Uplift International, a Seattle-based NGO and partner with the UW School of Law's
Global Health and Justice Project, is providing humanitarian aid to West Sumatra survivors of the earthquake.
A 7.6 magnitude earthquake struck Indonesia on September 30 killing more than 1,000 and trapping thousands
more, according to the UN. The hardest hit area, the city of Padang, is 30 miles from the earthquake epicenter.
Relief efforts have been challenging due to lack of ground access and virtually no power or telecommunications.
Uplift International in collaboration with the Indonesian Doctors Association (IDI) is providing supplies and medical
care to the victims of the earthquake. Uplift and IDI worked together successfully during the tsunami in 2004 by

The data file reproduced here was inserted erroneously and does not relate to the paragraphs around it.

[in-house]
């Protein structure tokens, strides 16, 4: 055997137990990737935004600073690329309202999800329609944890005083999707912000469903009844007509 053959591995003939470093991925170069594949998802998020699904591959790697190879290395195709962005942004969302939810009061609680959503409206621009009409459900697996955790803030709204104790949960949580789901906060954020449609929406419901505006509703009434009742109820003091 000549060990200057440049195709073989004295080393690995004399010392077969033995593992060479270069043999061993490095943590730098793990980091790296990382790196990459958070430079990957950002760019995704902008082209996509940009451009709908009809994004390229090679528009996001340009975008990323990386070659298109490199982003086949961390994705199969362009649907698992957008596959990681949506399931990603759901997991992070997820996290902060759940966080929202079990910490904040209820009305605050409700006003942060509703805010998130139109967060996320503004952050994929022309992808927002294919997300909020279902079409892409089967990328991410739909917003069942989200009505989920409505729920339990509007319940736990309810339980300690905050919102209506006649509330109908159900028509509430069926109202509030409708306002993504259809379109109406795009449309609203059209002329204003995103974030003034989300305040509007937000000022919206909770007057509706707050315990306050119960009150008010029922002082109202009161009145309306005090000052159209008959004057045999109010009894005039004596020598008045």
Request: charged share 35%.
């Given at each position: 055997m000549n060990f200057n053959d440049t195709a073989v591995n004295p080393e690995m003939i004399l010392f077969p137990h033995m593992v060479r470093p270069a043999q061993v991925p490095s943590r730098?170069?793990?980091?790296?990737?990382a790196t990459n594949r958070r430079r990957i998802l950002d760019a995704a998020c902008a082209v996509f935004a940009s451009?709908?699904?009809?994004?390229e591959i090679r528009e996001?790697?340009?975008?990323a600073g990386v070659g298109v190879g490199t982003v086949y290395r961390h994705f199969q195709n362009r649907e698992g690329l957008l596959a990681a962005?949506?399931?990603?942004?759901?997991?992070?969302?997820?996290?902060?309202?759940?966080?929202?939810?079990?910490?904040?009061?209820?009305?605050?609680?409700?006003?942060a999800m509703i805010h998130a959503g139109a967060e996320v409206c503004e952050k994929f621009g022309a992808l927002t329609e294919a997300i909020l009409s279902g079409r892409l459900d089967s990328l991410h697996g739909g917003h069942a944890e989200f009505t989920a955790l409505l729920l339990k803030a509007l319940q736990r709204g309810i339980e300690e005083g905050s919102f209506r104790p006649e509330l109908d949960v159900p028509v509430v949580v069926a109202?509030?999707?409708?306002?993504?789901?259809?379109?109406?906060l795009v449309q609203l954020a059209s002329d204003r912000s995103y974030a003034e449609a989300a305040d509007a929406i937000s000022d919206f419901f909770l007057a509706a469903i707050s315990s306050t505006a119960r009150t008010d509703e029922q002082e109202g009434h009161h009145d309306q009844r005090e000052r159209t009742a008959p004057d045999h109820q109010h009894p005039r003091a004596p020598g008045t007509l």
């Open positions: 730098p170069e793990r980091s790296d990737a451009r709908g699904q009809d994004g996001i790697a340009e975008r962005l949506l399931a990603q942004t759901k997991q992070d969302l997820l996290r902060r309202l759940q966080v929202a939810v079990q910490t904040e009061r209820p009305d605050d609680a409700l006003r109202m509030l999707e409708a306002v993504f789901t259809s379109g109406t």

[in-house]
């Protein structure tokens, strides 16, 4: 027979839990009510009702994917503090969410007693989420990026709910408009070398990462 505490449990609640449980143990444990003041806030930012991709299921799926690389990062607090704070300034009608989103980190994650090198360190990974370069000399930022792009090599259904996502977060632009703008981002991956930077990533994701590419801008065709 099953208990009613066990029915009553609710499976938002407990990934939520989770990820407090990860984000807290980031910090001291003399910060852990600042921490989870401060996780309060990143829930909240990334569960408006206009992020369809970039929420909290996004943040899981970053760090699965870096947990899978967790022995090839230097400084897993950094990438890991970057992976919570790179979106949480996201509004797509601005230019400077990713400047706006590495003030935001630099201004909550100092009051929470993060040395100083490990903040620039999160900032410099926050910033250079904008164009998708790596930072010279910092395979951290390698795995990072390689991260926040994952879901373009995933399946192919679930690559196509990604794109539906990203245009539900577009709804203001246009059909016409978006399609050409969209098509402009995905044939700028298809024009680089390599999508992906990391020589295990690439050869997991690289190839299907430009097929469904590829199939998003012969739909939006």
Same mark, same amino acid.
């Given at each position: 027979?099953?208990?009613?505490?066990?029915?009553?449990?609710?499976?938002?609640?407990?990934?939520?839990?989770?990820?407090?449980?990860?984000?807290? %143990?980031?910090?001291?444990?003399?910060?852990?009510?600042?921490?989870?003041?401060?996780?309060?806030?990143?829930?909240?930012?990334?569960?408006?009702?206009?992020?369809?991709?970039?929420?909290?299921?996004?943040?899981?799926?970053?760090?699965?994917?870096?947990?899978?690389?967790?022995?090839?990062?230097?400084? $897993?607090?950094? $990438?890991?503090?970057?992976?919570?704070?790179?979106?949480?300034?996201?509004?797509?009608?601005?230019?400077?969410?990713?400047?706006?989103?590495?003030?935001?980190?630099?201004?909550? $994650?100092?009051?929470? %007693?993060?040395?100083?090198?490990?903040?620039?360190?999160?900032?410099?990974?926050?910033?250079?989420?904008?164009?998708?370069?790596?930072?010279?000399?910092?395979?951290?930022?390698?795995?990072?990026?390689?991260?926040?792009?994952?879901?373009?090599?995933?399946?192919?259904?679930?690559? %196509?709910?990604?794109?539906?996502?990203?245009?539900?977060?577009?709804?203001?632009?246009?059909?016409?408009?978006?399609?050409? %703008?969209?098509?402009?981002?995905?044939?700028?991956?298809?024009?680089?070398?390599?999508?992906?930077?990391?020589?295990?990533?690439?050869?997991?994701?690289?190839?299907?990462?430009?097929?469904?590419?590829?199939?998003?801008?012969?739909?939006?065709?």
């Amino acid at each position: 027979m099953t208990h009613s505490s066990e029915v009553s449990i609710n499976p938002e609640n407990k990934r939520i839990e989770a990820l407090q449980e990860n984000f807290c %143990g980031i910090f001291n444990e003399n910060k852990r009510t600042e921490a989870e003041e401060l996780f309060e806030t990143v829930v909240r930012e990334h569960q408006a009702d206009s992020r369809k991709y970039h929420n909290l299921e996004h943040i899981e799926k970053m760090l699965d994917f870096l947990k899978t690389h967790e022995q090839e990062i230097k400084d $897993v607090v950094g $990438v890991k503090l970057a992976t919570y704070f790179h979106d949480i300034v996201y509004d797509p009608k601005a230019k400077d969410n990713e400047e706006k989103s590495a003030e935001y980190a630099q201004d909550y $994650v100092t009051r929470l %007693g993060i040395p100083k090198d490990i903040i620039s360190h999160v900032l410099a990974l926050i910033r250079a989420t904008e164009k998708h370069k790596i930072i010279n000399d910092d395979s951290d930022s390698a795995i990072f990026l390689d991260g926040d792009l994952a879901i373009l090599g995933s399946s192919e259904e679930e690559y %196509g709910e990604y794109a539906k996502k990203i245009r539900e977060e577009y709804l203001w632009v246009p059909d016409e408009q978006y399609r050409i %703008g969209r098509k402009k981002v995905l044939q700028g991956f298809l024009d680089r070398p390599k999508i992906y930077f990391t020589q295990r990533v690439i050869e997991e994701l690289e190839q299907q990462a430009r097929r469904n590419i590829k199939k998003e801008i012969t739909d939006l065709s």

providing support, medicines and supplies for over 300 doctors that treated over 19,000 people during a five month
director of the Global Health and Justice Project and a research associate professor at the UW School of Law, was working on the 2006 earthquake relief effort in Yogyakarta, Indonesia on behalf of Uplift International.
"Natural disasters of this magnitude in resource poor settings require international assistance," she said.
"The focus of the mission is to save lives. Immediate access to water, shelter, and medical care are critical for the survivors."
The Global Health and Justice Project, based at the School of Law, is a multidisciplinary project that promotes
academics, research and service learning in global health, social justice and development.
Local and field opportunities in developing countries are available for faculty and students in collaboration with Uplift International.
Beth Rivin (center) with an Indonesian family after the 2006 earthquake.